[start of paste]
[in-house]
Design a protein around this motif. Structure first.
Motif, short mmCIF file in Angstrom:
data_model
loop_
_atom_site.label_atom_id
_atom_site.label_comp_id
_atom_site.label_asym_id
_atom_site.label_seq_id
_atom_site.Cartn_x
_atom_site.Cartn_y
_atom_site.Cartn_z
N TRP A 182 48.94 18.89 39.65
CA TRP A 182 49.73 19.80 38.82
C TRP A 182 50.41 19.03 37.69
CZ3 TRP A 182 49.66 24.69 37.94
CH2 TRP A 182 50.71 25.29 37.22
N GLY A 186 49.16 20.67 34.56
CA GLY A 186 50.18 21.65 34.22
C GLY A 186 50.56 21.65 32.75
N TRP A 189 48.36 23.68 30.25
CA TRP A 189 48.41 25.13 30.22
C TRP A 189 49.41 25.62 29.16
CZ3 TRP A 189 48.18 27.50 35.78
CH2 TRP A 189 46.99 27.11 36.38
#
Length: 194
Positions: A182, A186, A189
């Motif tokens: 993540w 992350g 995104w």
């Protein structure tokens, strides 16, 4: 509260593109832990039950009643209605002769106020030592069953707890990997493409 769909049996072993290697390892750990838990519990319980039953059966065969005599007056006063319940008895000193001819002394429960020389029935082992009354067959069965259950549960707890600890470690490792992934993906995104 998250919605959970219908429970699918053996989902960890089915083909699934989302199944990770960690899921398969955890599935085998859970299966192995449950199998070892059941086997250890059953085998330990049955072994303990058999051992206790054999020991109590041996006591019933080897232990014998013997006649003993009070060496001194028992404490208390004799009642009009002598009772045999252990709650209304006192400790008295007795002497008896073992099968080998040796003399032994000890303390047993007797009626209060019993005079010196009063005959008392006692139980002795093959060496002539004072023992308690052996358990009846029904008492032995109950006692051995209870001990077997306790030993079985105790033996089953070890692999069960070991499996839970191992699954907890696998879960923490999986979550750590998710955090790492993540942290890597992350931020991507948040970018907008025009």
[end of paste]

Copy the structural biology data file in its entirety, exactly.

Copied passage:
[in-house]
Design a protein around this motif. Structure first.
Motif, short mmCIF file in Angstrom:
data_model
loop_
_atom_site.label_atom_id
_atom_site.label_comp_id
_atom_site.label_asym_id
_atom_site.label_seq_id
_atom_site.Cartn_x
_atom_site.Cartn_y
_atom_site.Cartn_z
N TRP A 182 48.94 18.89 39.65
CA TRP A 182 49.73 19.80 38.82
C TRP A 182 50.41 19.03 37.69
CZ3 TRP A 182 49.66 24.69 37.94
CH2 TRP A 182 50.71 25.29 37.22
N GLY A 186 49.16 20.67 34.56
CA GLY A 186 50.18 21.65 34.22
C GLY A 186 50.56 21.65 32.75
N TRP A 189 48.36 23.68 30.25
CA TRP A 189 48.41 25.13 30.22
C TRP A 189 49.41 25.62 29.16
CZ3 TRP A 189 48.18 27.50 35.78
CH2 TRP A 189 46.99 27.11 36.38
#
Length: 194
Positions: A182, A186, A189
């Motif tokens: 993540w 992350g 995104w």
């Protein structure tokens, strides 16, 4: 509260593109832990039950009643209605002769106020030592069953707890990997493409 769909049996072993290697390892750990838990519990319980039953059966065969005599007056006063319940008895000193001819002394429960020389029935082992009354067959069965259950549960707890600890470690490792992934993906995104 998250919605959970219908429970699918053996989902960890089915083909699934989302199944990770960690899921398969955890599935085998859970299966192995449950199998070892059941086997250890059953085998330990049955072994303990058999051992206790054999020991109590041996006591019933080897232990014998013997006649003993009070060496001194028992404490208390004799009642009009002598009772045999252990709650209304006192400790008295007795002497008896073992099968080998040796003399032994000890303390047993007797009626209060019993005079010196009063005959008392006692139980002795093959060496002539004072023992308690052996358990009846029904008492032995109950006692051995209870001990077997306790030993079985105790033996089953070890692999069960070991499996839970191992699954907890696998879960923490999986979550750590998710955090790492993540942290890597992350931020991507948040970018907008025009």